Thai Rebel Group May Have Added Rockets to Arsenal

Nasueroh and Uayporn Satitpanyapan
160209-TH-pulo-bomb-620 A bomb bearing the markings of the Nampra Army and the flag of the PULO rebel group was discovered in Nong Chik district, Pattani province, Jan. 30, 2016.

The recent discovery of crudely made rocket-propelled weapons in Thailand’s restive Deep South signals that a smaller rebel group there is changing its combat tactics and may be trying to influence prospective peace talks, experts say.

“They may want to show off that they have propelled bombs in order to leverage negotiation power,” a Thai counter-terrorism official who requested anonymity told BenarNews.

He was referring to the Patani United Liberation Organization (PULO), one of the rebel groups that has been fighting a separatist insurgency in Thailand’s predominantly Muslim and Malay-speaking southern border region for more than a decade.

Last year, PULO joined MARA Patani, an umbrella body representing various Deep South rebel groups in closed-door meetings in Malaysia with Thai negotiators, which have been aimed at resuming formal peace talks with Thailand for the first time since December 2013.

It is significant that PULO has been taking credit via social media for the deployment of home-made rockets in the conflict zone, noted Zachary Abuza, an expert on the Thai Deep South who is a professor at the National War College in Washington, D.C.

“They’re clearly trying to stake out a greater role for themselves within MARA Patani and at the peace process,” Abuza told BenarNews.

“The only way that they can do that is by staging attacks, but they have far fewer militants than the BRN.  So they have to be creative to cause a stir,” he said.

The BRN, or Barisan Revolusi Nasional, is the largest and most heavily armed of the Deep South rebel groups.

Rocket-type weapons crop up

On Feb. 5, police in Narathiwat province found and disarmed a small rocket that was similar to rockets (pictured above and below) discovered last month in neighboring Pattani province.

Police Col. Patta Madawa said the most recent device, which resembled a pipe bomb with fins, fell into the living room of a house and was defused by demolition experts, according to the Associated Press.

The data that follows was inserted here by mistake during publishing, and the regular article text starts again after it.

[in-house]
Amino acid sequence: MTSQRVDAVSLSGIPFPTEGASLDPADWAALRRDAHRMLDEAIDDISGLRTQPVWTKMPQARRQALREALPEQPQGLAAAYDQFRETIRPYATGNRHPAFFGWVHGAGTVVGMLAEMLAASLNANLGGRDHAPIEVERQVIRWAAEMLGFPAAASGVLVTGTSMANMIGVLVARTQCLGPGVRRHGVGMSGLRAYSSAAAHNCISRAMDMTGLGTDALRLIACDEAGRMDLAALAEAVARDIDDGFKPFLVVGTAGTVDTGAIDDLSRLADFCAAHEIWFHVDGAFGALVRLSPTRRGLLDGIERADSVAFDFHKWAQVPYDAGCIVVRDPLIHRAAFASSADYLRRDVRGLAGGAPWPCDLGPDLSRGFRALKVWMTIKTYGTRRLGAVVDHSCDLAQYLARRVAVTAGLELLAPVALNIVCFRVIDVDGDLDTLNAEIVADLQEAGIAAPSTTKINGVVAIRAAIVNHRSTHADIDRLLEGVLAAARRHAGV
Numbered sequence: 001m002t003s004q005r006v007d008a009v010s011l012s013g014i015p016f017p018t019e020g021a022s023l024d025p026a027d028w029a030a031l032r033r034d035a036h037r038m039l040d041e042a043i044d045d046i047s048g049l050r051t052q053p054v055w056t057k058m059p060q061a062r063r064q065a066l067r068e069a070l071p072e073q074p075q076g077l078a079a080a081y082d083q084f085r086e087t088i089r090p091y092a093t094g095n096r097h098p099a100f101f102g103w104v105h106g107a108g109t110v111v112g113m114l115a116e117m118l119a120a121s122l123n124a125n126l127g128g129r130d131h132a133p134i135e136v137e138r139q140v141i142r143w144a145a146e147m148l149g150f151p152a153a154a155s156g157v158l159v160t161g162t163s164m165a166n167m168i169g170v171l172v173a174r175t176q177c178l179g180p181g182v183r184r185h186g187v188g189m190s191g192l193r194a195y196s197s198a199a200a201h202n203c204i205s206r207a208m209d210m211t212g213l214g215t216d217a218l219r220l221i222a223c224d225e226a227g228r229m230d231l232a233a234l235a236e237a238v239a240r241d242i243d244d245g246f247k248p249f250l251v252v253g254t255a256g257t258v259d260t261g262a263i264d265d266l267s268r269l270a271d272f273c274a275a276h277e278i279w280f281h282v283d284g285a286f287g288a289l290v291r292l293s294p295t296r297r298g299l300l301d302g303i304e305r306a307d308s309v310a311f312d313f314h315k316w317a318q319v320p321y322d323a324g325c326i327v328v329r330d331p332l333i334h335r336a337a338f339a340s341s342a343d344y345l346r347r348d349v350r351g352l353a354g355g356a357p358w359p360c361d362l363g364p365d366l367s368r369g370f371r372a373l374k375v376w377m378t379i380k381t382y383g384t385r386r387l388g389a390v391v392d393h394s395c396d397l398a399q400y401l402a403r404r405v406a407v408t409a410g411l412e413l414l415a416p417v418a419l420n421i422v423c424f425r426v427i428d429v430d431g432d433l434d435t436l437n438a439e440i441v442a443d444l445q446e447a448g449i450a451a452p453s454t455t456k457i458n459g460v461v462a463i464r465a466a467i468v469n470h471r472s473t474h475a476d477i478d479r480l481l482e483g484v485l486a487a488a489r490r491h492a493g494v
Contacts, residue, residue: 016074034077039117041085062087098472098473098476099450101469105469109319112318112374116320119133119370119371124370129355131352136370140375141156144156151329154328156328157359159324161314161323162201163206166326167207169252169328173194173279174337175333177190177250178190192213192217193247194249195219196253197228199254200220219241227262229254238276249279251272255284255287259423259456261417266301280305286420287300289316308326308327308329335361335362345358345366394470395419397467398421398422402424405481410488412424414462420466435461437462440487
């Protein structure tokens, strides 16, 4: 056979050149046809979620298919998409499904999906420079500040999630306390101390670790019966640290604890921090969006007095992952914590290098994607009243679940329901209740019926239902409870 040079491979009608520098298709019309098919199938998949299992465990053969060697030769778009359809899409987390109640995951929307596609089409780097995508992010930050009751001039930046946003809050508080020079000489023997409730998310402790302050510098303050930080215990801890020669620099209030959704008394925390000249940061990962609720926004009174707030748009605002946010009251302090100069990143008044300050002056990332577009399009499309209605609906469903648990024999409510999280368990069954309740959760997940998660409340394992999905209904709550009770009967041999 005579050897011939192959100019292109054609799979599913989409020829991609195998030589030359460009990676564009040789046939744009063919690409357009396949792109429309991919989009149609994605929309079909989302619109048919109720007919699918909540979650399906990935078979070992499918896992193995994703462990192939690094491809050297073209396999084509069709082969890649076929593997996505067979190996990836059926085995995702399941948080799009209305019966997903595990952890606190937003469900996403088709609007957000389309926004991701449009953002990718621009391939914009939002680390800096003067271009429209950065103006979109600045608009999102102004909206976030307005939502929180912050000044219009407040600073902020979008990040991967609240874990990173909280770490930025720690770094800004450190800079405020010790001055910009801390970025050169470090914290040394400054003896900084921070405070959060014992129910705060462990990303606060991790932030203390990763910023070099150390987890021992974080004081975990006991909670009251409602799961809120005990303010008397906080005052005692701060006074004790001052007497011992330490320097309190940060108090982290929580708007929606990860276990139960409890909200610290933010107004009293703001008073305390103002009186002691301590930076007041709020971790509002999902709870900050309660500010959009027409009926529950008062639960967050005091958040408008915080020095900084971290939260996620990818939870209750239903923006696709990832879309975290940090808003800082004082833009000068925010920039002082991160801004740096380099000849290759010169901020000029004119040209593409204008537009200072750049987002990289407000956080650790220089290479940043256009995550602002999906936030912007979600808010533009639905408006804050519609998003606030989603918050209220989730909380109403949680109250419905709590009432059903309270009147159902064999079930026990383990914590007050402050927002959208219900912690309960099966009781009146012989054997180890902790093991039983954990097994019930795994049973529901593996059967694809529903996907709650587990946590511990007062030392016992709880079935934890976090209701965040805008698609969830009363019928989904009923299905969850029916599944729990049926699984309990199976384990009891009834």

“PULO tried to develop a kind of rocket-powered grenade or rocket for remote attacks, but we do not have any evidence yet whether it worked,” the anonymous counter-terrorist official said.

“We are interested in where they were built. The projectiles have slant noses made by way of a tube serrated, cut and welded to make a solid nose,” he added.

While ballistics experts have not identified the propellant used, the bomb is described as an improvised explosive device that contains ammonium nitrate and fuel oils.

“The detonators were rigged using gun primer and a firing pin. They had some flaws and did not ignite,” the official said.

On Jan. 30, officials in Pattani’s Nong Chik district found two unexploded rocket-like bombs and were told that three others had been fired. The bombs in both incidents were emblazoned with the PULO flag.

An ex-PULO member, Ma-ae Sa-a, linked the bombs to his former group.

“I told the authorities that the name Nampra Army with the PULO flag is real,” he said, adding that PULO was more likely to have planted the bomb than launched it as a projectile.

The Nampra Army, a faction of PULO, issued a statement warning those living near military camps in Pattani and Narathiwat to move away because it planned to attack the camps with rockets this year, reported.

According to Lt. Gen. Nanthadej Meksawat, a retired intelligence officer who was assigned to the Deep South, the introduction of the rockets shows that PULO is changing tactics because of its growing weakness.

“The capability of the operational militants became weaker,” Nanthadej told BenarNews.

“In recent months they tried to avoid direct confrontations with security forces. Last year, we saw bomb attacks followed by gun attacks. We saw direct gun attacks and shootouts. This year, we don’t see this,” he added.


The discovery of the new weapons, nonetheless, has alarmed locals in the Deep South, which has seen more than 6,000 people die from violence related to the insurgency since 2004.

Nimu Magaje, former chairman of the Islamic Committee in Yala province, said authorities should prevent rebels from using these rocket-type weapons in attacks.

“People are frightened and have spoken out in the community. It is a mission of authorities to prevent the violence,” Magaje told reporters on Monday.

“I think that the authorities have to inspect the explosives and examine the history of any lost weapons, if any,” he added. “Authorities should consider where this type of explosive had been used before.”


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